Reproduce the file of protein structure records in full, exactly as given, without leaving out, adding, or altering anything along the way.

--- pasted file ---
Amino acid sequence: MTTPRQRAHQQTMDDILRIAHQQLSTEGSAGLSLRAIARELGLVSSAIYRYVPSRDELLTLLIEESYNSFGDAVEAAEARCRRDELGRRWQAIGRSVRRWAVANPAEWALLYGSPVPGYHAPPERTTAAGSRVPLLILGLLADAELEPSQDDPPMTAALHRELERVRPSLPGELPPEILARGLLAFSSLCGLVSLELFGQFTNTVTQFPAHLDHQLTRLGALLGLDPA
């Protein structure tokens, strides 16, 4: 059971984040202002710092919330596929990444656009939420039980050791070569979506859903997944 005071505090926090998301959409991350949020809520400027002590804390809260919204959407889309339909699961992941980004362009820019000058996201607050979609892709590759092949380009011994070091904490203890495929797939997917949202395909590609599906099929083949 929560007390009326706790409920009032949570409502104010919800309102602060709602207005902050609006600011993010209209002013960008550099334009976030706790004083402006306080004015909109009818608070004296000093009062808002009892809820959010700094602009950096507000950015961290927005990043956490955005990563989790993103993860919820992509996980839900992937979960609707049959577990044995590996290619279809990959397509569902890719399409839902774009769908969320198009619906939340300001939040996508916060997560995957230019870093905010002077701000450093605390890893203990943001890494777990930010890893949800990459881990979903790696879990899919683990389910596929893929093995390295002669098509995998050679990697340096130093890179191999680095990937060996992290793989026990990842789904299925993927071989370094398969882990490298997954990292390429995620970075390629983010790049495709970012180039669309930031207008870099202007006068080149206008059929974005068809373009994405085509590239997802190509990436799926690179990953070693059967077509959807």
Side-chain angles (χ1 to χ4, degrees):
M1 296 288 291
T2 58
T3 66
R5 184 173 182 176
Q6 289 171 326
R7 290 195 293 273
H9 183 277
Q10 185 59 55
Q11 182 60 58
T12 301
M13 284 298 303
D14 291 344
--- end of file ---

Amino acid sequence: MTTPRQRAHQQTMDDILRIAHQQLSTEGSAGLSLRAIARELGLVSSAIYRYVPSRDELLTLLIEESYNSFGDAVEAAEARCRRDELGRRWQAIGRSVRRWAVANPAEWALLYGSPVPGYHAPPERTTAAGSRVPLLILGLLADAELEPSQDDPPMTAALHRELERVRPSLPGELPPEILARGLLAFSSLCGLVSLELFGQFTNTVTQFPAHLDHQLTRLGALLGLDPA
């Protein structure tokens, strides 16, 4: 059971984040202002710092919330596929990444656009939420039980050791070569979506859903997944 005071505090926090998301959409991350949020809520400027002590804390809260919204959407889309339909699961992941980004362009820019000058996201607050979609892709590759092949380009011994070091904490203890495929797939997917949202395909590609599906099929083949 929560007390009326706790409920009032949570409502104010919800309102602060709602207005902050609006600011993010209209002013960008550099334009976030706790004083402006306080004015909109009818608070004296000093009062808002009892809820959010700094602009950096507000950015961290927005990043956490955005990563989790993103993860919820992509996980839900992937979960609707049959577990044995590996290619279809990959397509569902890719399409839902774009769908969320198009619906939340300001939040996508916060997560995957230019870093905010002077701000450093605390890893203990943001890494777990930010890893949800990459881990979903790696879990899919683990389910596929893929093995390295002669098509995998050679990697340096130093890179191999680095990937060996992290793989026990990842789904299925993927071989370094398969882990490298997954990292390429995620970075390629983010790049495709970012180039669309930031207008870099202007006068080149206008059929974005068809373009994405085509590239997802190509990436799926690179990953070693059967077509959807």
Side-chain angles (χ1 to χ4, degrees):
M1 296 288 291
T2 58
T3 66
R5 184 173 182 176
Q6 289 171 326
R7 290 195 293 273
H9 183 277
Q10 185 59 55
Q11 182 60 58
T12 301
M13 284 298 303
D14 291 344